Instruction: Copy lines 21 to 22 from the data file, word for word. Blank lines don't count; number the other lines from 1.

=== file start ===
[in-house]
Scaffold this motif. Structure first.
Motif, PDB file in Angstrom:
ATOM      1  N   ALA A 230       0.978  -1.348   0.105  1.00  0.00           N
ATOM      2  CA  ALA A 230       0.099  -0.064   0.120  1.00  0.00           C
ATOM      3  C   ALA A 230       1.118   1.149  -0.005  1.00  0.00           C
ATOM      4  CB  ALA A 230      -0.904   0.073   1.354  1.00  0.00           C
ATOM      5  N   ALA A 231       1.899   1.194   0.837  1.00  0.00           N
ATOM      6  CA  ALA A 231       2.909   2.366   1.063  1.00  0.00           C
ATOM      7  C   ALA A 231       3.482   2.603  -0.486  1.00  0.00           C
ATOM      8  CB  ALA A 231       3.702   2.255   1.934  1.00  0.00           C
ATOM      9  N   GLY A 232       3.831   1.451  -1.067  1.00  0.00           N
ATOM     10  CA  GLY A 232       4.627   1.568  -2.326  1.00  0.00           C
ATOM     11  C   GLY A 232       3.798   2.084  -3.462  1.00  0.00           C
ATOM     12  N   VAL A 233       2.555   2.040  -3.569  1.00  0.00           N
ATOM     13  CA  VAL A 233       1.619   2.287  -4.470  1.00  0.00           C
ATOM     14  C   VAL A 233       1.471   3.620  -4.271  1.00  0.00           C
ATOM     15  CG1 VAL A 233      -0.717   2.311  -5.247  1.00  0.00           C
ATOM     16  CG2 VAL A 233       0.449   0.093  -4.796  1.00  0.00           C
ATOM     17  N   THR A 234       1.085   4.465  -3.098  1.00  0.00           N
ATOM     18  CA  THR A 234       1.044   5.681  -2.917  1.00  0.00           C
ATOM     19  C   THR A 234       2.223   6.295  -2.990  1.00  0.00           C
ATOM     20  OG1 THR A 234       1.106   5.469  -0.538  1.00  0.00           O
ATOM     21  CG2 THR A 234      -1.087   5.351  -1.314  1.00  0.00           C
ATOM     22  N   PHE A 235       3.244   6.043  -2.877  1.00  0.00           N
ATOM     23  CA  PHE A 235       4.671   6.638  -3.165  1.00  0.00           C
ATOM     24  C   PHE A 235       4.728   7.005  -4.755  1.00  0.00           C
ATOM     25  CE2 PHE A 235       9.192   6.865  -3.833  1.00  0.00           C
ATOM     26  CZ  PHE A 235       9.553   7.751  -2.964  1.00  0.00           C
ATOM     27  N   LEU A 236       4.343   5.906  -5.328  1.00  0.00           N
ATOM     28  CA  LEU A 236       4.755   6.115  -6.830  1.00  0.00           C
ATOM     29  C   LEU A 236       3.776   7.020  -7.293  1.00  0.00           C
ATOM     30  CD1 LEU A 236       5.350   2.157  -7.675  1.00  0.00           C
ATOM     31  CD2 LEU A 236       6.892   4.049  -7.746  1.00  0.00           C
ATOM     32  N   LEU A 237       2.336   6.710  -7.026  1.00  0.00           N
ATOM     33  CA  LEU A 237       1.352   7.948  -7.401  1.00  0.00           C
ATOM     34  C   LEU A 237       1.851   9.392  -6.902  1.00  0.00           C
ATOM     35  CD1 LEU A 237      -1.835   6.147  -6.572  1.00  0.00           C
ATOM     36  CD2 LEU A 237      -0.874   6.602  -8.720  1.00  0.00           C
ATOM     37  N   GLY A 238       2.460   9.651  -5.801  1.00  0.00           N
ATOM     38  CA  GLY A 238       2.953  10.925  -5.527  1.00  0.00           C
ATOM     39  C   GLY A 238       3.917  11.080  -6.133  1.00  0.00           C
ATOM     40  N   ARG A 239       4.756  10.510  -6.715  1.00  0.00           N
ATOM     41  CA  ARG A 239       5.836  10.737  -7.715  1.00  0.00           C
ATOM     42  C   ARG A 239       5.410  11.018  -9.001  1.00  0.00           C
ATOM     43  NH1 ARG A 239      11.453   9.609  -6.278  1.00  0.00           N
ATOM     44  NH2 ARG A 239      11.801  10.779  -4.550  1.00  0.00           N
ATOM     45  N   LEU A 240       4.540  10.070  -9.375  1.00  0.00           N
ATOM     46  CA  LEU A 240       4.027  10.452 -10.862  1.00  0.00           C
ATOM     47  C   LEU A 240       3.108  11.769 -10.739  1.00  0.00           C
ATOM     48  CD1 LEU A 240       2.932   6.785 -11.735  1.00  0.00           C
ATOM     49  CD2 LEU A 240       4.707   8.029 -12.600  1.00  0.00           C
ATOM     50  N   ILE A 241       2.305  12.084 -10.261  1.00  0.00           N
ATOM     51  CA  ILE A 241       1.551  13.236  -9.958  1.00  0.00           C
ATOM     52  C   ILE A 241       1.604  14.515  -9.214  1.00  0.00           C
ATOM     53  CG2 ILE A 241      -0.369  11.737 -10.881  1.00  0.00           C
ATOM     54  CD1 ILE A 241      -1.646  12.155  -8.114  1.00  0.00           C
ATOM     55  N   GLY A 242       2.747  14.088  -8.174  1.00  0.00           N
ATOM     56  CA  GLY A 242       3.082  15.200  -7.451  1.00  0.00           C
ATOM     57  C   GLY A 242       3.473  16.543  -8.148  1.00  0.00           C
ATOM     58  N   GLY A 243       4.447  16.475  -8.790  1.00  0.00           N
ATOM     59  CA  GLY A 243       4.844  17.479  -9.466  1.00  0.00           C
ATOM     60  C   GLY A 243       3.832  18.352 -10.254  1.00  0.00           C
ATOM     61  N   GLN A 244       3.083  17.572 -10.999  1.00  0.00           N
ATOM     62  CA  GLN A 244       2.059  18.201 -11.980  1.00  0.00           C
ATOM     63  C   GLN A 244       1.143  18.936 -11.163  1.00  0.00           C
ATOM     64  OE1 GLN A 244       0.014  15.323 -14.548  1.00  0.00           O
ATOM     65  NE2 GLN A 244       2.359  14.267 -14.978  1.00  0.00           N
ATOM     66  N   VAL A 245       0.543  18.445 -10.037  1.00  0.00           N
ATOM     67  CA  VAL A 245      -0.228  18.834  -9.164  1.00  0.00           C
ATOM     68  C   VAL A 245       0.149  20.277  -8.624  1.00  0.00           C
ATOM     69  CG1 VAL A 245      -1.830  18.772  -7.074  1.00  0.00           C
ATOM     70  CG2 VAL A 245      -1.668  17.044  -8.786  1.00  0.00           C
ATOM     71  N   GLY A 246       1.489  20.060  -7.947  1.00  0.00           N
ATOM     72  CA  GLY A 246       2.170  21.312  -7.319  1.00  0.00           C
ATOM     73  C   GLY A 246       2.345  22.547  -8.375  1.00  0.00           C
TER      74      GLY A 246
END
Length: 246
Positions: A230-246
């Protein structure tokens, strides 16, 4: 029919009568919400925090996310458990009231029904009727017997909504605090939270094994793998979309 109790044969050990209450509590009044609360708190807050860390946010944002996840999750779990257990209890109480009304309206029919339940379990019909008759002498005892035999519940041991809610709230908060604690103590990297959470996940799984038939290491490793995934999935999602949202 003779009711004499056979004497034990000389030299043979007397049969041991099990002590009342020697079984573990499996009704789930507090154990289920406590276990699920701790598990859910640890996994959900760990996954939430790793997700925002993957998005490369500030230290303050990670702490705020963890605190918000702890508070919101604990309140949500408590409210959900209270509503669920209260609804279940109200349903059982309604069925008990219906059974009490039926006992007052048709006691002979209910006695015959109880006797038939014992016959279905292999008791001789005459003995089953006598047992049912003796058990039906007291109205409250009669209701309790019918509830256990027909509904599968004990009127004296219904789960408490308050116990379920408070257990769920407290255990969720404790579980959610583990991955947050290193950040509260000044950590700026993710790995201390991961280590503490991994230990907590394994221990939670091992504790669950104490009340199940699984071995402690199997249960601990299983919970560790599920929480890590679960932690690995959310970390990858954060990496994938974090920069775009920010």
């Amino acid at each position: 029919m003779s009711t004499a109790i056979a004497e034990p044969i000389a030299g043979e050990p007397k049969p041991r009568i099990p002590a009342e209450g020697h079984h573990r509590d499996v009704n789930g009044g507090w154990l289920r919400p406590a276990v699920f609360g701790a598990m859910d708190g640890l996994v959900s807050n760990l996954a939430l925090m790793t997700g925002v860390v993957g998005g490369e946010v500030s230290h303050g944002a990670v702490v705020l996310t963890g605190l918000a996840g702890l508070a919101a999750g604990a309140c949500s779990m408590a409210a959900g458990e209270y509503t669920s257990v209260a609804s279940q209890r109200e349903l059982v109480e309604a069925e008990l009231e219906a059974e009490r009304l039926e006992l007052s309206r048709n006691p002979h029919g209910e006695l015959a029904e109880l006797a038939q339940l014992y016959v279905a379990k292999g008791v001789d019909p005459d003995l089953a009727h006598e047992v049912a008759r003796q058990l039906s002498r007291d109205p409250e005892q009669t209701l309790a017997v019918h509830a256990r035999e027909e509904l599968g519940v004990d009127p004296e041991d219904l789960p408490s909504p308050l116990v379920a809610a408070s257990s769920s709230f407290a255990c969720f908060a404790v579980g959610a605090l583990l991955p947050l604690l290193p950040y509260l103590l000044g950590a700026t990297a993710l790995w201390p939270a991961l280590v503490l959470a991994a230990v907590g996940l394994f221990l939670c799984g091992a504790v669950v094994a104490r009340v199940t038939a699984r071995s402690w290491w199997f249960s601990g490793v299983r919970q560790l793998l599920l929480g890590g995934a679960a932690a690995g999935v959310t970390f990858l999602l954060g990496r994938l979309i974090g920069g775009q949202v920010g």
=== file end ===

ATOM     18  CA  THR A 234       1.044   5.681  -2.917  1.00  0.00           C
ATOM     19  C   THR A 234       2.223   6.295  -2.990  1.00  0.00           C